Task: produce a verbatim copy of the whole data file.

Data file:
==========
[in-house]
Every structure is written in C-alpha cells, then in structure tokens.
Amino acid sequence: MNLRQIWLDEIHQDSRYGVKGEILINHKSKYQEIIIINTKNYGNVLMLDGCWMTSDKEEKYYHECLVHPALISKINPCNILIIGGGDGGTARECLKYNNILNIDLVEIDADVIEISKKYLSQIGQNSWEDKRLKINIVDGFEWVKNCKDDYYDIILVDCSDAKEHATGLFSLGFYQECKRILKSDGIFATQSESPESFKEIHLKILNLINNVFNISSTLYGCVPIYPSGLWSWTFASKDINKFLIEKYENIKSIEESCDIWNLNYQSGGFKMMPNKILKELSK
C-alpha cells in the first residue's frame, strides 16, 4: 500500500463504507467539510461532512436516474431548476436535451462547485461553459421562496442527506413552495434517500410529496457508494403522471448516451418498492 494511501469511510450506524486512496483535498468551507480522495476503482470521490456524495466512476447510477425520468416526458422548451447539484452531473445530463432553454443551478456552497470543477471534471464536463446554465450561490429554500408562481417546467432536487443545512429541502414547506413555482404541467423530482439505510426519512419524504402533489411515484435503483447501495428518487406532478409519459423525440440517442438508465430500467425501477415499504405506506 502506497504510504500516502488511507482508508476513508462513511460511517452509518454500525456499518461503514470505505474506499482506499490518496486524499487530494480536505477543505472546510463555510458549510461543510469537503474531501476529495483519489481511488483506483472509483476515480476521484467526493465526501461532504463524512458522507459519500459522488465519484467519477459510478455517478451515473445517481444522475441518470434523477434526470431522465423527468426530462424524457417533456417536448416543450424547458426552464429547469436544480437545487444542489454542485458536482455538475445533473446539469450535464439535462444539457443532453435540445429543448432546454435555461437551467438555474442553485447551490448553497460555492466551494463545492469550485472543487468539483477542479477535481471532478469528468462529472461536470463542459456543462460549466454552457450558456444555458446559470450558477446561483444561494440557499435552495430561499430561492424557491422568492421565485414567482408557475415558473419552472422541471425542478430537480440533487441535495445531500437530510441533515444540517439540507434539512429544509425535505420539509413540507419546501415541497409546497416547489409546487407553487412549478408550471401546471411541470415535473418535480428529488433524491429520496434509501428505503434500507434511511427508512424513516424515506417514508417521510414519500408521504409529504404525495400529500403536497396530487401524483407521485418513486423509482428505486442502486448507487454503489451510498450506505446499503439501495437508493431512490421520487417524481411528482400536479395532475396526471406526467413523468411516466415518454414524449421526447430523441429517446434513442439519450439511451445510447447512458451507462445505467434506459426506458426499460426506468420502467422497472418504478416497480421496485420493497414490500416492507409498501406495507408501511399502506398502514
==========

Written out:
[in-house]
Every structure is written in C-alpha cells, then in structure tokens.
Amino acid sequence: MNLRQIWLDEIHQDSRYGVKGEILINHKSKYQEIIIINTKNYGNVLMLDGCWMTSDKEEKYYHECLVHPALISKINPCNILIIGGGDGGTARECLKYNNILNIDLVEIDADVIEISKKYLSQIGQNSWEDKRLKINIVDGFEWVKNCKDDYYDIILVDCSDAKEHATGLFSLGFYQECKRILKSDGIFATQSESPESFKEIHLKILNLINNVFNISSTLYGCVPIYPSGLWSWTFASKDINKFLIEKYENIKSIEESCDIWNLNYQSGGFKMMPNKILKELSK
C-alpha cells in the first residue's frame, strides 16, 4: 500500500463504507467539510461532512436516474431548476436535451462547485461553459421562496442527506413552495434517500410529496457508494403522471448516451418498492 494511501469511510450506524486512496483535498468551507480522495476503482470521490456524495466512476447510477425520468416526458422548451447539484452531473445530463432553454443551478456552497470543477471534471464536463446554465450561490429554500408562481417546467432536487443545512429541502414547506413555482404541467423530482439505510426519512419524504402533489411515484435503483447501495428518487406532478409519459423525440440517442438508465430500467425501477415499504405506506 502506497504510504500516502488511507482508508476513508462513511460511517452509518454500525456499518461503514470505505474506499482506499490518496486524499487530494480536505477543505472546510463555510458549510461543510469537503474531501476529495483519489481511488483506483472509483476515480476521484467526493465526501461532504463524512458522507459519500459522488465519484467519477459510478455517478451515473445517481444522475441518470434523477434526470431522465423527468426530462424524457417533456417536448416543450424547458426552464429547469436544480437545487444542489454542485458536482455538475445533473446539469450535464439535462444539457443532453435540445429543448432546454435555461437551467438555474442553485447551490448553497460555492466551494463545492469550485472543487468539483477542479477535481471532478469528468462529472461536470463542459456543462460549466454552457450558456444555458446559470450558477446561483444561494440557499435552495430561499430561492424557491422568492421565485414567482408557475415558473419552472422541471425542478430537480440533487441535495445531500437530510441533515444540517439540507434539512429544509425535505420539509413540507419546501415541497409546497416547489409546487407553487412549478408550471401546471411541470415535473418535480428529488433524491429520496434509501428505503434500507434511511427508512424513516424515506417514508417521510414519500408521504409529504404525495400529500403536497396530487401524483407521485418513486423509482428505486442502486448507487454503489451510498450506505446499503439501495437508493431512490421520487417524481411528482400536479395532475396526471406526467413523468411516466415518454414524449421526447430523441429517446434513442439519450439511451445510447447512458451507462445505467434506459426506458426499460426506468420502467422497472418504478416497480421496485420493497414490500416492507409498501406495507408501511399502506398502514